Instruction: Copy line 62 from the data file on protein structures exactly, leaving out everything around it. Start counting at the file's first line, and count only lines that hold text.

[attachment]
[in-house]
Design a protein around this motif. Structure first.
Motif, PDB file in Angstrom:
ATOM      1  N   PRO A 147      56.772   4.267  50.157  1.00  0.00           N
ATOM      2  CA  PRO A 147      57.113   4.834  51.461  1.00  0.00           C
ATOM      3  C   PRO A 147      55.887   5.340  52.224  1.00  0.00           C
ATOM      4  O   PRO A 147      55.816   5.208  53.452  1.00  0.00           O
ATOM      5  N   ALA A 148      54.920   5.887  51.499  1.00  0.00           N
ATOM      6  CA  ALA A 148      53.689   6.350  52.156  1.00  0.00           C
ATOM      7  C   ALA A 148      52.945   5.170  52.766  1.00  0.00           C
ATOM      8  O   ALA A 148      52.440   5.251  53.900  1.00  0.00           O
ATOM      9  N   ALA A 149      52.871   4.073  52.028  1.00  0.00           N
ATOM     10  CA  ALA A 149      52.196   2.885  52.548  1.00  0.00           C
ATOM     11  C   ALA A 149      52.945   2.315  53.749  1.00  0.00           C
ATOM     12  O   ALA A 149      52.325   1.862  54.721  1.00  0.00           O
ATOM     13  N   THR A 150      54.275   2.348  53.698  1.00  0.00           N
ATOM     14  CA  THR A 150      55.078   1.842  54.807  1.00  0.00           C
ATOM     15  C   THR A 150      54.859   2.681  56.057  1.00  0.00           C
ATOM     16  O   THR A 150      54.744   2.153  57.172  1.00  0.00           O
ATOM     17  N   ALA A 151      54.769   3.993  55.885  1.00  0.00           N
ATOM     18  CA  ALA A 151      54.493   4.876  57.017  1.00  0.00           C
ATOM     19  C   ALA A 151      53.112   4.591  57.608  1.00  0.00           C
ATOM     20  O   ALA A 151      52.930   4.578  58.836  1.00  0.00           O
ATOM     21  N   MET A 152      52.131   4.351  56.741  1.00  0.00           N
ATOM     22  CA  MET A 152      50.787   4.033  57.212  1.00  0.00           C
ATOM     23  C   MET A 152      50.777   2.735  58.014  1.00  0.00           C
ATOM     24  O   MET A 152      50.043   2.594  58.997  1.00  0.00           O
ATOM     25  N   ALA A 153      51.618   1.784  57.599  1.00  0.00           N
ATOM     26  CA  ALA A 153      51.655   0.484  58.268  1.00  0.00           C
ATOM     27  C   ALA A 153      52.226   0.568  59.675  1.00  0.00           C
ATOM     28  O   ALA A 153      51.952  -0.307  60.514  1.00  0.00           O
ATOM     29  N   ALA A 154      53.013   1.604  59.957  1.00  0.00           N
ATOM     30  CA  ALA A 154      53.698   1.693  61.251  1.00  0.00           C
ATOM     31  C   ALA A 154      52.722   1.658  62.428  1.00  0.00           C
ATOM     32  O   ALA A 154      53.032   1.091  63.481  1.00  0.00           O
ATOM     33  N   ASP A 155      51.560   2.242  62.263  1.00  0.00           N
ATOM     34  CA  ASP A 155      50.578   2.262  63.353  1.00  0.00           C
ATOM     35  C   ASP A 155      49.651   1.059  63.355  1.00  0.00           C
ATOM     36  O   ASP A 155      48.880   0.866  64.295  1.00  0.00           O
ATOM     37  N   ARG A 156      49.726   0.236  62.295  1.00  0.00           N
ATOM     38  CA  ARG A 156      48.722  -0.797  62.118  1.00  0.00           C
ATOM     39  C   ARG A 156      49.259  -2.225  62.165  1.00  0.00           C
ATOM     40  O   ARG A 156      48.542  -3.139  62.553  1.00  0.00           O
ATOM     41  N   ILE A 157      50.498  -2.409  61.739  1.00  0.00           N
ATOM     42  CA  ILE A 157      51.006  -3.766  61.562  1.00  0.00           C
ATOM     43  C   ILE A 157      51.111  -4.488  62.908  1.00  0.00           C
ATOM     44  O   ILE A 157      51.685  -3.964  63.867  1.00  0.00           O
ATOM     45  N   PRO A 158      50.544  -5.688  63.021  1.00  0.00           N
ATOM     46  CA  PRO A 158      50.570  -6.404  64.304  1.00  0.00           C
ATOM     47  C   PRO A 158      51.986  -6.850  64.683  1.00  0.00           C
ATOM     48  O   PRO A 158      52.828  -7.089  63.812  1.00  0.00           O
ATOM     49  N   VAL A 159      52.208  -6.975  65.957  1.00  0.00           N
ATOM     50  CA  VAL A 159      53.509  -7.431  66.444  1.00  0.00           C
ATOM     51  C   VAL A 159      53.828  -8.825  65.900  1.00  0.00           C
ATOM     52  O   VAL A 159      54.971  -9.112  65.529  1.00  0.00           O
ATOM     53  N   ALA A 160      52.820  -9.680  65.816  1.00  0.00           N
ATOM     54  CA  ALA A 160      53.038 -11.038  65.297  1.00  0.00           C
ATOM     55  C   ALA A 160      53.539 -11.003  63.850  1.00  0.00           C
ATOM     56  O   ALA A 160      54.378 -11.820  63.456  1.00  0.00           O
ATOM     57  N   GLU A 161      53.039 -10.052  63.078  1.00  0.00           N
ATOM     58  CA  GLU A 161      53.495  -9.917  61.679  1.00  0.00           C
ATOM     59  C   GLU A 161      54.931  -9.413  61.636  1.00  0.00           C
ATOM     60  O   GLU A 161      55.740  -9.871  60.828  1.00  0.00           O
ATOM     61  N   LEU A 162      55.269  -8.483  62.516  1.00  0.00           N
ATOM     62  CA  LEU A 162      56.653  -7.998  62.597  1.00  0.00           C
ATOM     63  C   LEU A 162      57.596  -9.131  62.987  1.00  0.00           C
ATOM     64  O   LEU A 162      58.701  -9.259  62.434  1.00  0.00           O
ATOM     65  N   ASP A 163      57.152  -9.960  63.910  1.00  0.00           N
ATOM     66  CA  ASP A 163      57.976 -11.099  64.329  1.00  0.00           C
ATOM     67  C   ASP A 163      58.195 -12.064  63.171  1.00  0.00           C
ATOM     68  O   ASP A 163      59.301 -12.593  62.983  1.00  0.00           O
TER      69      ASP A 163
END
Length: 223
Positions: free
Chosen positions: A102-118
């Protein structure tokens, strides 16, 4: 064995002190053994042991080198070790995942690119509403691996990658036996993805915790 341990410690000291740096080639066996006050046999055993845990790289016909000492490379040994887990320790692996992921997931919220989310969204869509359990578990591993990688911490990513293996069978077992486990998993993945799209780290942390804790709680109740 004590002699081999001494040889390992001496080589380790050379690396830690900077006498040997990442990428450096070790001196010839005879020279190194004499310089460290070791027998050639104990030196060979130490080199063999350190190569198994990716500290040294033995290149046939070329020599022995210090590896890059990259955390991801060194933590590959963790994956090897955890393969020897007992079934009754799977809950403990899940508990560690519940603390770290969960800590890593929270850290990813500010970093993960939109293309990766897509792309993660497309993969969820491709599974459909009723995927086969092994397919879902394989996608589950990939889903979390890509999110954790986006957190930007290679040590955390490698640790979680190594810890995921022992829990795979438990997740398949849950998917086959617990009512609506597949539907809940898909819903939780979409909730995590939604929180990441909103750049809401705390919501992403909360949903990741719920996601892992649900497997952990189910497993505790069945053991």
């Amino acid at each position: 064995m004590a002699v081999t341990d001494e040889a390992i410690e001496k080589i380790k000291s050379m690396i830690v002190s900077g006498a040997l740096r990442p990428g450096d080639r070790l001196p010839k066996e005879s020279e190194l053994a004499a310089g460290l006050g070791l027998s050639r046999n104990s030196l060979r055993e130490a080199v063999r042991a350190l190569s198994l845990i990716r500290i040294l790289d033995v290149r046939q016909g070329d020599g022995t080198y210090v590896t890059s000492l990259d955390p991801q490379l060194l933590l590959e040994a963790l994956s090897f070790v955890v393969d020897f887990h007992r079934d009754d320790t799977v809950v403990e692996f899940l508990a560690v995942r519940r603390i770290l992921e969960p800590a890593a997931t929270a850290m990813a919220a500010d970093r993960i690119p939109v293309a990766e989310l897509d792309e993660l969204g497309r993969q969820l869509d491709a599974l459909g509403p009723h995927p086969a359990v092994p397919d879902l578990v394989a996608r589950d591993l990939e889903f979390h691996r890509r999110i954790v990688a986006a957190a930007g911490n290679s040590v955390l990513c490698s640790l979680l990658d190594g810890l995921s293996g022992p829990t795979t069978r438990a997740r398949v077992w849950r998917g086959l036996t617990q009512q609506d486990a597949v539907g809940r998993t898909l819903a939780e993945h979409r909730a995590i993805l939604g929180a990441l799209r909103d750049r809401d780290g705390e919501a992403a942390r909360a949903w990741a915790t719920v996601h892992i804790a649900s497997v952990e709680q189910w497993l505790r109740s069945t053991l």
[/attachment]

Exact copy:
ATOM     59  C   GLU A 161      54.931  -9.413  61.636  1.00  0.00           C